Button blankets by Westshore Colwood Campus students. Curated by UVic Art History and Visual Studies students. A project of the Legacy Chair.
Button blanket robes are textile regalia worn in Northwest Coast feasts and ceremonies. Urban Regalia: Westshore Stories carries the vision of Gitxsan button blanket maker, fashion designer, and teacher Sugitt Lukxs — Yolonda Skelton from her studio to her students at the Westshore Colwood Campus. Westshore students tell stories from their lives and from making connections to the land using ovoids, u-forms, s-forms, melton wool fabric and buttons. UVic Art History and Visual Studies students curated this exhibition as part of their learning about oral art histories. Urban Regalia: Westshore Stories represents shared learning experiences and emerging connections between UVic and Westshore classrooms.
Legacy Maltwood | at the McPherson Library – Mearns Centre, UVic campus, Room 025 and at UVic Libraries Special Collections and University Archives Room A005
This exhibition is part of a three day symposium, “Gendered Threads of Globalization: 20th Century Textile Crossings in Asia Pacific.”, March 27-29, 2020. Full symposium details here*** Please note, this Gendered Threads of Globalization Symposium was postposed.
Curated by Claire Aitken (AHVS undergrad student) with consultation by Hitomi Harama, local kimono and Japanese culture expert and Yorika Terada (AHVS undergraduate student). Project supervised by Melia Belli Bose, Associate Professor of South Asian Art History with Caroline Riedel, Curator of Collections, UVic Legacy Art Galleries.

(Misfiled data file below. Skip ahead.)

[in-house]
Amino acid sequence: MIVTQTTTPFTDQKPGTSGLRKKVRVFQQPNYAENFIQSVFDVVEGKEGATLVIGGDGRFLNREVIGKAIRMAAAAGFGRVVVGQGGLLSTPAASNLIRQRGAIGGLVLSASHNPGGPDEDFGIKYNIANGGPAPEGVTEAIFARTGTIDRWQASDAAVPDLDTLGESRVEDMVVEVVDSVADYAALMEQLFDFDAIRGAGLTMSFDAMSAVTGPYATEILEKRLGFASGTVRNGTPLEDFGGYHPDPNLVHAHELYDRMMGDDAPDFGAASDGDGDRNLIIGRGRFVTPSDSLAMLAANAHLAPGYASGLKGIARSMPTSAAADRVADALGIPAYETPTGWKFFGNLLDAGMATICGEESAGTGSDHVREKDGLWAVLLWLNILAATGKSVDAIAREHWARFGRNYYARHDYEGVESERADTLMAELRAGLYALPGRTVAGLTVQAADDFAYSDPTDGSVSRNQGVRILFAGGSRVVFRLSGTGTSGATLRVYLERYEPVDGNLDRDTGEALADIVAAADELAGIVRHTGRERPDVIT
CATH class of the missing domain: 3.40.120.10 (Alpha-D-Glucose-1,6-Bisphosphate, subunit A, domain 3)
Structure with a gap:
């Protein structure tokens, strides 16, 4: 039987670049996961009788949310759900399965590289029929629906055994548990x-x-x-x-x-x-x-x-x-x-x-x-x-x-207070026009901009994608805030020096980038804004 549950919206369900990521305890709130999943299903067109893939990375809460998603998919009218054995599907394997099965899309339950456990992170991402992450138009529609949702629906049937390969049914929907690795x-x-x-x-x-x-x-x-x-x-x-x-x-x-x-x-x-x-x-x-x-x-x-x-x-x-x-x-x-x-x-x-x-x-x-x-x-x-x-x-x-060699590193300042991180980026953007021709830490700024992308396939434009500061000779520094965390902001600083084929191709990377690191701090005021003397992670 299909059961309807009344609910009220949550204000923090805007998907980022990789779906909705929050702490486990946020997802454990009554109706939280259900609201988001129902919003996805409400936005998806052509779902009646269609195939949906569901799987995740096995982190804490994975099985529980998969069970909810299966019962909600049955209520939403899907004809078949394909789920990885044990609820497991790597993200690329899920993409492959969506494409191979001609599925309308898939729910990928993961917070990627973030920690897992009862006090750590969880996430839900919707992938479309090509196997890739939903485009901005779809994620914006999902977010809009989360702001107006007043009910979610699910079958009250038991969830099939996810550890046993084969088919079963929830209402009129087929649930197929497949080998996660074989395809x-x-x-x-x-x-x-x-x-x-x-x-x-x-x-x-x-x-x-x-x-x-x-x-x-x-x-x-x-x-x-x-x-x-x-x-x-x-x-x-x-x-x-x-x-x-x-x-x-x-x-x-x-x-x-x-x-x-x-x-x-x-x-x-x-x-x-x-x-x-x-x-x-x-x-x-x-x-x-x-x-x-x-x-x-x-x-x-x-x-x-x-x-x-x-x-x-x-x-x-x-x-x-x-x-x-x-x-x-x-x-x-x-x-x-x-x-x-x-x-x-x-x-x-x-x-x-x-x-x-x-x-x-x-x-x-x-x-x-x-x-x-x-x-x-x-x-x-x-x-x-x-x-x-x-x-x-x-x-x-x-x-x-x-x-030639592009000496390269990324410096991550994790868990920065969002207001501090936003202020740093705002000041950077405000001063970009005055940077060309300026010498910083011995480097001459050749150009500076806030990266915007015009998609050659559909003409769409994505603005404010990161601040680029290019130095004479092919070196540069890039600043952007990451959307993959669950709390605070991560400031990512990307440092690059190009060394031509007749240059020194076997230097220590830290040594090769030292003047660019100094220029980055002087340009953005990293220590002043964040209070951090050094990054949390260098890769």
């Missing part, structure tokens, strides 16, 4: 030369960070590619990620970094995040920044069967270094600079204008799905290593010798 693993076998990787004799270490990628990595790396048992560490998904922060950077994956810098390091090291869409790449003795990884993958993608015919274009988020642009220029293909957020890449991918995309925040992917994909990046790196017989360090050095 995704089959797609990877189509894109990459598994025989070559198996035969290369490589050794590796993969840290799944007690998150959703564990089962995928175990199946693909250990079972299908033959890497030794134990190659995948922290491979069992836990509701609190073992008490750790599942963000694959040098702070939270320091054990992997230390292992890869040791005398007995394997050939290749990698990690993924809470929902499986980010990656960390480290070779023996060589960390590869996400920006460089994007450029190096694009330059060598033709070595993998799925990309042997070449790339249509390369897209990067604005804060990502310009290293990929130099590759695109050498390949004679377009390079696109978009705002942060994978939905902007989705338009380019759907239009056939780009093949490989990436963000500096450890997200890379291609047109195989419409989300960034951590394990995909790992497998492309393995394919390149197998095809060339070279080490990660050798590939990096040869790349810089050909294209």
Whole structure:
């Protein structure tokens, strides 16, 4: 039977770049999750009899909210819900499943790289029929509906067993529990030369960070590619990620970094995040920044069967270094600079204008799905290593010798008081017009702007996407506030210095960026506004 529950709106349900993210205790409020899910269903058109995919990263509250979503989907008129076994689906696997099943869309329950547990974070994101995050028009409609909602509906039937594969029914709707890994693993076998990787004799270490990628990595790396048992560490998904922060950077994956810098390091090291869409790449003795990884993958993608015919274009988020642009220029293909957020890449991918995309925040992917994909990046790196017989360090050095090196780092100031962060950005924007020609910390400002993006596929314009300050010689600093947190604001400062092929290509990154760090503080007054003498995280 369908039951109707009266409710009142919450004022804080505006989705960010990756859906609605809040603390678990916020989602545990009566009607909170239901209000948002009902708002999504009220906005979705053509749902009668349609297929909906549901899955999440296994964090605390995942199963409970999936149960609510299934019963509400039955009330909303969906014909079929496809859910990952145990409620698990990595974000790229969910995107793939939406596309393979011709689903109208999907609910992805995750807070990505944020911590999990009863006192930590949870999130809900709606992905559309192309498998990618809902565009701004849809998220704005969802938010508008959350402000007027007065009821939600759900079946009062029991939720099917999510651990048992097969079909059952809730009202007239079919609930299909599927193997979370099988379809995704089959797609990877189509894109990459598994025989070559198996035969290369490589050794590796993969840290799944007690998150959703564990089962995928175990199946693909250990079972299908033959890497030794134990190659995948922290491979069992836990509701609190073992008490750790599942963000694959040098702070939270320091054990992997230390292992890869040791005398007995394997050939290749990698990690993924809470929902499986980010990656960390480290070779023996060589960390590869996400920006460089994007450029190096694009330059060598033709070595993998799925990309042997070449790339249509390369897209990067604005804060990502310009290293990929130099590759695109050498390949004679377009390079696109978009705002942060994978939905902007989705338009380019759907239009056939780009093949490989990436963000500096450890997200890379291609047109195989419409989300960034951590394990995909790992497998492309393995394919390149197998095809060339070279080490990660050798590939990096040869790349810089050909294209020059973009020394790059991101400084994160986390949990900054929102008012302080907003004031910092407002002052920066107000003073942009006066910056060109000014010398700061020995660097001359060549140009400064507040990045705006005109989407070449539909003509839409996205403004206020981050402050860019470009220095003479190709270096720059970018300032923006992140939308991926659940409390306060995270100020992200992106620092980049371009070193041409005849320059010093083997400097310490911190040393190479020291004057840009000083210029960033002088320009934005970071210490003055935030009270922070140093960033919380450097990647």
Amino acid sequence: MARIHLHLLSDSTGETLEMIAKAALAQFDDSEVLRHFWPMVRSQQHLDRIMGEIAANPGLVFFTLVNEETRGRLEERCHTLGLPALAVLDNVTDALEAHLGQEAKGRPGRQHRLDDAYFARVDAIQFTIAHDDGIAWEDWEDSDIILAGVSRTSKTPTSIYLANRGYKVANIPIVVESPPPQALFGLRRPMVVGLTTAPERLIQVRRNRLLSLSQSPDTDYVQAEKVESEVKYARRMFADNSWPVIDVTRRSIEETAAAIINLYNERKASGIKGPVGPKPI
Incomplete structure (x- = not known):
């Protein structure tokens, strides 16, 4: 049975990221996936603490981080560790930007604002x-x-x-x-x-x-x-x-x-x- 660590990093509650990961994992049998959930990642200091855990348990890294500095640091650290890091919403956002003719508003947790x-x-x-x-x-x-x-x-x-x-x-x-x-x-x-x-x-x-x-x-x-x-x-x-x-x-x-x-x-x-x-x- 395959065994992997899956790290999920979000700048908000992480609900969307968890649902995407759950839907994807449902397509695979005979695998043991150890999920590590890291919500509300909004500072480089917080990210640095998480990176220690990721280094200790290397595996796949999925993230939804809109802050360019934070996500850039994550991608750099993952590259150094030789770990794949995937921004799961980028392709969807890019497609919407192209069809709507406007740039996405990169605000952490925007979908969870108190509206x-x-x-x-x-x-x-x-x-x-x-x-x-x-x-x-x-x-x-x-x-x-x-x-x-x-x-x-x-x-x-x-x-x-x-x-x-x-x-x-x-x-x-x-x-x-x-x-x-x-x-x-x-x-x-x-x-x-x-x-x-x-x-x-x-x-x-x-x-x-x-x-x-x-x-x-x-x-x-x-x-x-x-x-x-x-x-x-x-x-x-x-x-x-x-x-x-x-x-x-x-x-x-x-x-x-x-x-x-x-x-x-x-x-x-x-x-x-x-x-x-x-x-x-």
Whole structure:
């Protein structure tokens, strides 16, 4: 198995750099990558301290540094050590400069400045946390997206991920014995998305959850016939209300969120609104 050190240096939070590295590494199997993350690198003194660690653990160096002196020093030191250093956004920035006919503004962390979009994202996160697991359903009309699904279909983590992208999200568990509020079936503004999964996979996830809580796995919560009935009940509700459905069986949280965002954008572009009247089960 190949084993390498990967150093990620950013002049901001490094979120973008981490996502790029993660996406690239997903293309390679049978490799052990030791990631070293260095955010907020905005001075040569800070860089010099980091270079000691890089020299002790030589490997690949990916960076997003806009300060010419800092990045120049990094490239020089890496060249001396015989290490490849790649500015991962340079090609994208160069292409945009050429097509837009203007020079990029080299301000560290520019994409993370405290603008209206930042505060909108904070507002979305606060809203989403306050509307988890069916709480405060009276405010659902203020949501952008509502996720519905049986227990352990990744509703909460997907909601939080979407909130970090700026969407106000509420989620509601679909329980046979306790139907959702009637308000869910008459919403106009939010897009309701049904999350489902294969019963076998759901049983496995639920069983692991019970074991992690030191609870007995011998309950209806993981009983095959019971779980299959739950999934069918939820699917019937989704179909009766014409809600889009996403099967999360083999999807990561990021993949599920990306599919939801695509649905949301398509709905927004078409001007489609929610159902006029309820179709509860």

This exhibition showcases a dazzling array of luxury textiles from the University of Victoria’s collection and on loan from private collections. These pieces, exquisitely crafted in China, Japan, Indonesia, Malaysia, India, and Bangladesh, shed light on women’s roles as makers, consumers, and connoisseurs between the late 19th century to today. This era witnessed monumental shifts in the production, accessibility, and commodification of garments globally. In the process, particularly women’s skilled textile labour was devalued. This exhibition draws attention to not only women’s heritage textiles throughout Asia, and their modern adaptations, it also closely considers their traditional makers and consumers.
Image: Gypsy Wharf-Sojan Badiar Ghat (Detail: Dulali reaching for a lotus flower). Design by Surayia Rahman, embroidered by artisans of Arshi in Dhaka, Bangladesh, (2006). Photo courtesy of Kantha Productions LLC, (c) Maritime City Photography. Used with permission.
| Legacy Art Galleries + Art History & Visual Studies
A printing block. Glaze samples. Pouches of pigments. Why are these items in UVic’s archives, and what can they tell us about the lives, relationships, artworks and practices of the artists who owned them? Bringing together materials from UVic’s Special Collections and University Archives in partnership with the Legacy Art Galleries, Object Biographies is a glimpse into the lives of artists through their archives.